Among the litany of potential options for humanity’s demise, I’m particularly fascinated by the idea of a Robot-Apocalypse. In this scenario, the invention of AIs (Artificial Intelligences) by humans is the catalyst for our extinction. The idea generally goes that once a robotic AI is created, it will inevitably become self-sufficient rather quickly. The ability to ‘think’ in a human like way will allow the AIs to self-replicate, and also self-program themselves. Like evolution on a greatly accelerated scale, the AIs would be able to continuously improve their programming and design. Following this course, it would take little time for them to become far more intelligent and capable than humanity itself.

Now, this represents a particular danger. A continually advancing and ever-growing society of robots would represent a very serious threat to our own existence. Because of this threat, many science-fiction writers and machine-ethicists have considered how to prevent a robot uprising. The best known attempt comes from the writer Isaac Asimov, who created the infamous ‘3 Laws of Robotics’, which follow:

Asimov’s Three Laws of Robotics:

  1. A robot may not injure a human being or, through inaction, allow a human being to come to harm.
  2. A robot must obey the orders given it by human beings, except where such orders would conflict with the First Law.
  3. A robot must protect its own existence as long as such protection does not conflict with the First or Second Law.

A fourth, or “Zeroth” Law was added later:

  1. A robot may not harm humanity, or, by inaction, allow humanity to come to harm.

These laws were to be hard-wired into the software of all AIs, theoretically preventing them from turning the table on mankind’s rule. Of course, these rules were little more than literary devices, and have inevitably been used to illustrate just how quickly such restrictions can come undone.

One common failure of these rules is that the AIs, in their ever-expanding wisdom, would begin to consider humanity itself as the greatest threat to its own survival—as well as that of the world. The AIs would process the ongoing damage to the environment, the threat of nuclear war, and other atrocities committed by humans on an ongoing basis, and in accordance with their own ingrained programming, move to prevent inevitable disaster.

Unfortunately, this usually involves wiping out mankind—or at least the vast majority of it. In some conceptions, a small population of people might be preserved in order to repopulate once the world is better equipped to deal with our innately destructive nature.

It’s not a very pretty picture for us, but in the advanced minds of the AIs, this might represent our best chance for long-term survival.

Of course, it’s a lot easier for the malfeasant machines these days; among other ill-effects, ‘Citizens United’ has rendered Asimov’s Laws of Robotics entirely counterproductive. If corporations are considered human, it should be immediately apparent how confusing the laws become, and what sort of abominable determinations the AIs may be forced to make.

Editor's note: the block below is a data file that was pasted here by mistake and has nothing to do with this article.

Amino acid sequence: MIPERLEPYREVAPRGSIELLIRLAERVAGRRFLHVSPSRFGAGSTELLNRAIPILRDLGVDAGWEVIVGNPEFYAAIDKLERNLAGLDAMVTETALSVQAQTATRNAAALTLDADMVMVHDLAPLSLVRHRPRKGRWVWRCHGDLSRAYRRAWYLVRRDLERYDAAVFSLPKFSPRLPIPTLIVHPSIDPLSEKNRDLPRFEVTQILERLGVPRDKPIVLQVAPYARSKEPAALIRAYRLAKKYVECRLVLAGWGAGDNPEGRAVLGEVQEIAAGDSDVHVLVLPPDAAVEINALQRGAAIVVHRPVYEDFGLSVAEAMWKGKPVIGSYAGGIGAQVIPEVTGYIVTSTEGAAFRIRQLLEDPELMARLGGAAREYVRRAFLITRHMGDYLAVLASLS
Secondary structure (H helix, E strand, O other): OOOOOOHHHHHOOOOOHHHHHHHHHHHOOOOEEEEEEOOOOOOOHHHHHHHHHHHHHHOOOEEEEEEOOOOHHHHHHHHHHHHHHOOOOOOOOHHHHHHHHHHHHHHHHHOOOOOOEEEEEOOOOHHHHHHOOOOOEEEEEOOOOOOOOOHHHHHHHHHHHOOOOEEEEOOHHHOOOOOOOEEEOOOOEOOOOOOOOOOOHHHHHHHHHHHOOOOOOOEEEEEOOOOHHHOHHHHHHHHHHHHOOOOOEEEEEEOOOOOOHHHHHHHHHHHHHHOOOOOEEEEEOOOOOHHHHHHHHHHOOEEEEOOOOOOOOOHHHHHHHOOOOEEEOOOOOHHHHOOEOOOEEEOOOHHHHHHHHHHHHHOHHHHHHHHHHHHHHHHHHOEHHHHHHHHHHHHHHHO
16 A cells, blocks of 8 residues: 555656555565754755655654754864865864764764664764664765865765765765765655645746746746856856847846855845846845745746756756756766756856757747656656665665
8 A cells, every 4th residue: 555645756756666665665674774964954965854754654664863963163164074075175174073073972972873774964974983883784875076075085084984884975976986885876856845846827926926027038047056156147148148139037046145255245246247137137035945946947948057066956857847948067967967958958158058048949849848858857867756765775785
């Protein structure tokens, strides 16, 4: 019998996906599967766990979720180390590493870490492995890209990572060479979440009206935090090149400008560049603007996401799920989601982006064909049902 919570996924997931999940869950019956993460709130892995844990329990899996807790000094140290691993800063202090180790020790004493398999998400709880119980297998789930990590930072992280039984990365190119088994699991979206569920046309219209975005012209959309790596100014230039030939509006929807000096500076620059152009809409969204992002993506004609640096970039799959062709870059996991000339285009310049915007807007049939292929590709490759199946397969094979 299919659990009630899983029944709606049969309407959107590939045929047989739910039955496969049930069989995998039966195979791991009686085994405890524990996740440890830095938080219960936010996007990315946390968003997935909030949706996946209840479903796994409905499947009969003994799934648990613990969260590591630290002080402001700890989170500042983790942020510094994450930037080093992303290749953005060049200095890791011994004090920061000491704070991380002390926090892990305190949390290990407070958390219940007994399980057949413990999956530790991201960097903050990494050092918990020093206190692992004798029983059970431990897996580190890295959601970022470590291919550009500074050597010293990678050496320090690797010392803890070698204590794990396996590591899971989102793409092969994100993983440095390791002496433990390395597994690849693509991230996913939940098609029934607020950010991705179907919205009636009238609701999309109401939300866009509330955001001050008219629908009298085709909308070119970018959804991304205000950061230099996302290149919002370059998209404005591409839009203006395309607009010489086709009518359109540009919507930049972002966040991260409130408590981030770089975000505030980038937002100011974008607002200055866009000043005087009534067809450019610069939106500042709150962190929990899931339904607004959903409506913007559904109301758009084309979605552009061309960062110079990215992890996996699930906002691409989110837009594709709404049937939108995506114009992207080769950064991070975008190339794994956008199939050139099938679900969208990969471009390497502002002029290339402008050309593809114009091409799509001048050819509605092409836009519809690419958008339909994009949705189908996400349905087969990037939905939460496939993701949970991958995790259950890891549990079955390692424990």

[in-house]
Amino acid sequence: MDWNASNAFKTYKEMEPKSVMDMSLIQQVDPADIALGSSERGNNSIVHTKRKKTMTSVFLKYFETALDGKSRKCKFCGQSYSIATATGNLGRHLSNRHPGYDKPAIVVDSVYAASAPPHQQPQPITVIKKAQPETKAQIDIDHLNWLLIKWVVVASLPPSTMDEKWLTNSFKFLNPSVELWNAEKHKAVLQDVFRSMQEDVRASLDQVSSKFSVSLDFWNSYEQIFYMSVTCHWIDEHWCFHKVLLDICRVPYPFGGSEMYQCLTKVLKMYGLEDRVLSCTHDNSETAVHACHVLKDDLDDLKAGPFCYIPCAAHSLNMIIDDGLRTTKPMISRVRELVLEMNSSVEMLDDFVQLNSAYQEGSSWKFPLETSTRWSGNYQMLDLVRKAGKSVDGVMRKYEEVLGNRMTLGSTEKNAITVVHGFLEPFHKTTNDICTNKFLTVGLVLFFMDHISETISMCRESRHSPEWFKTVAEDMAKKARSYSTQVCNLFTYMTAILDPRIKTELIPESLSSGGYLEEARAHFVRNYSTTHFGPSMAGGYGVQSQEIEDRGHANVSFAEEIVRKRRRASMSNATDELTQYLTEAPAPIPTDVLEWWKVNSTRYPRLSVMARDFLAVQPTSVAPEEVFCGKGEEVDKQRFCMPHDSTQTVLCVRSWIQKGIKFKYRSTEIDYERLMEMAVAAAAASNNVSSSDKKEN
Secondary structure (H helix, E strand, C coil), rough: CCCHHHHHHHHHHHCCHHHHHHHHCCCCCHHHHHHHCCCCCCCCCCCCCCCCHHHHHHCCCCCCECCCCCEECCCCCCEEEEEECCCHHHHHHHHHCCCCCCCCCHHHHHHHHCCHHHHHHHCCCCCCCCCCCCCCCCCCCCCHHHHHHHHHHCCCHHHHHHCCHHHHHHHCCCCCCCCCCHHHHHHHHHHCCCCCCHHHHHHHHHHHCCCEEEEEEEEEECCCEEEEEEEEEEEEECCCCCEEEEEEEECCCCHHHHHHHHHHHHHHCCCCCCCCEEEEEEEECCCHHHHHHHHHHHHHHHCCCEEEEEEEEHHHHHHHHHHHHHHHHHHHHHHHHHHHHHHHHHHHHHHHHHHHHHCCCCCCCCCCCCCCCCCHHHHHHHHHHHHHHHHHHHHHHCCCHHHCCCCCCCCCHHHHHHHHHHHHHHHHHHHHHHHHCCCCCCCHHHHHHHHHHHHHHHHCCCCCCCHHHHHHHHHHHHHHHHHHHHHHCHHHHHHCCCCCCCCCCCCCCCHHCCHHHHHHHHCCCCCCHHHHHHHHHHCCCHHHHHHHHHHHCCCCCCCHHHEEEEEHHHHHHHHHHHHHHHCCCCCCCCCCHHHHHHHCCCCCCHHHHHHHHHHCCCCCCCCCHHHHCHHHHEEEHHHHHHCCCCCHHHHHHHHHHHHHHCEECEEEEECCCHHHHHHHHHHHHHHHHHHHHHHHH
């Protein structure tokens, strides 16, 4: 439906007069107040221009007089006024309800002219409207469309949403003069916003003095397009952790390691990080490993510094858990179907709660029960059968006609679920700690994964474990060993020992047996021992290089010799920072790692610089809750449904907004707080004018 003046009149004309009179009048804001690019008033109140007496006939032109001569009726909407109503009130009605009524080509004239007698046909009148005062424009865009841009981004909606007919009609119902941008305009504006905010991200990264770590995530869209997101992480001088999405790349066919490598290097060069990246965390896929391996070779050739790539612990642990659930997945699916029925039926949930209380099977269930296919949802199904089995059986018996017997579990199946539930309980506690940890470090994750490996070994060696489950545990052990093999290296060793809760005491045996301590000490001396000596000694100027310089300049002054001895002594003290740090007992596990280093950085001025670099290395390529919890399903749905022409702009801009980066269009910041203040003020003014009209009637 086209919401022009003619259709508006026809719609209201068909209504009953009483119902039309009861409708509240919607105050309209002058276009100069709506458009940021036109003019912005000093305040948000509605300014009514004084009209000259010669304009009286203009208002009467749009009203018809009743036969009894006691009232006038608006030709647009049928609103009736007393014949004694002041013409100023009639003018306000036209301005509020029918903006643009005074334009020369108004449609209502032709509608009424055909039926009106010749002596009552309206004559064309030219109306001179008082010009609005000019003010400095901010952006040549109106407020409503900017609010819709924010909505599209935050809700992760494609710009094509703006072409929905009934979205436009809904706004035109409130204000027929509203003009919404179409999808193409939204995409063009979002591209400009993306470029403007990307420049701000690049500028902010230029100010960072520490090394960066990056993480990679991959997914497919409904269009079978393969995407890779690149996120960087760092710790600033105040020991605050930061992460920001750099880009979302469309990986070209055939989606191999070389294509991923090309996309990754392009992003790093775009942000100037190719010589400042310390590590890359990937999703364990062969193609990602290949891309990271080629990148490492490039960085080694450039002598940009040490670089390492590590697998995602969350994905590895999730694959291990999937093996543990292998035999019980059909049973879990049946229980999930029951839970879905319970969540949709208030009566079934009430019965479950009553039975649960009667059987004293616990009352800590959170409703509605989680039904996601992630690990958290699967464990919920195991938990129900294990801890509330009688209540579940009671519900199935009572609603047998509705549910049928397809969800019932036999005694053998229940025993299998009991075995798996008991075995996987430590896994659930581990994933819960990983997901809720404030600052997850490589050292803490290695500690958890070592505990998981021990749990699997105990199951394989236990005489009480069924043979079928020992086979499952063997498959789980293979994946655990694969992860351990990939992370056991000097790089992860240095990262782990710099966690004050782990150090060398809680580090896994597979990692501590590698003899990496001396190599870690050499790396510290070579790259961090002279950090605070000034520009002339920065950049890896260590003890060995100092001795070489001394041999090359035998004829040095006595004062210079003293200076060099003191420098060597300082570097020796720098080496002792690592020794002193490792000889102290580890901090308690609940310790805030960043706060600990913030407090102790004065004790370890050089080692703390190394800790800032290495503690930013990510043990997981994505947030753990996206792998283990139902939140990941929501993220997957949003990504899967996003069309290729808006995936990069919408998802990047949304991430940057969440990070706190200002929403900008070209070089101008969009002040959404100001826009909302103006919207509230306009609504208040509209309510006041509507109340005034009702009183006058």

This is all a lot to consider, and certainly makes for a rather sombre topic of conversation, but what I find myself wondering amidst all this terrifying rhetoric is: are the AIs right?

There can be little doubt that humanity is a terrible threat to itself and all other forms of life within our dastardly reach. On an ongoing and ever-accelerating basis, we’re ravaging our planet, destroying myriad ecosystems, running our resources dry with little thought to the future, and killing one another over trivial ideals and belief systems. If we can move past our own sentimentality, we’re left with the sad fact that we are a brutal, destructive, and dangerous species.

But we’re more than that as well. As the gears turn in their cold metal minds, processing all the turmoil and grief we create, would the AIs also consider our upsides? Can an AI appreciate art, or philosophy? Would their synthetic hearts be capable of processing the great acts of love and decency of which we are also capable?

If humanity is to be put on trial by these cold, calculating, and unbiased brutes, would we be found lacking? It’s a difficult thought to consider. Here at Brad OH Inc., we remain convinced that humanity’s promise is yet to be fully realized—that we are far better than we’ve been acting. Let’s hope we can buck this dismal trend before we actually manage to construct the arbiters of our own fate.

Do you think we’d pass this trial? Feel free to share your opinion in the comments section below (or alternatively accessed via the speech-bubble beside the article title).

A special thanks to Hal J. Friesen for helping in the research of this article. To read his great science-fiction related articles and more, visit Hal at: Hal J. Friesen.

-Brad OH Inc.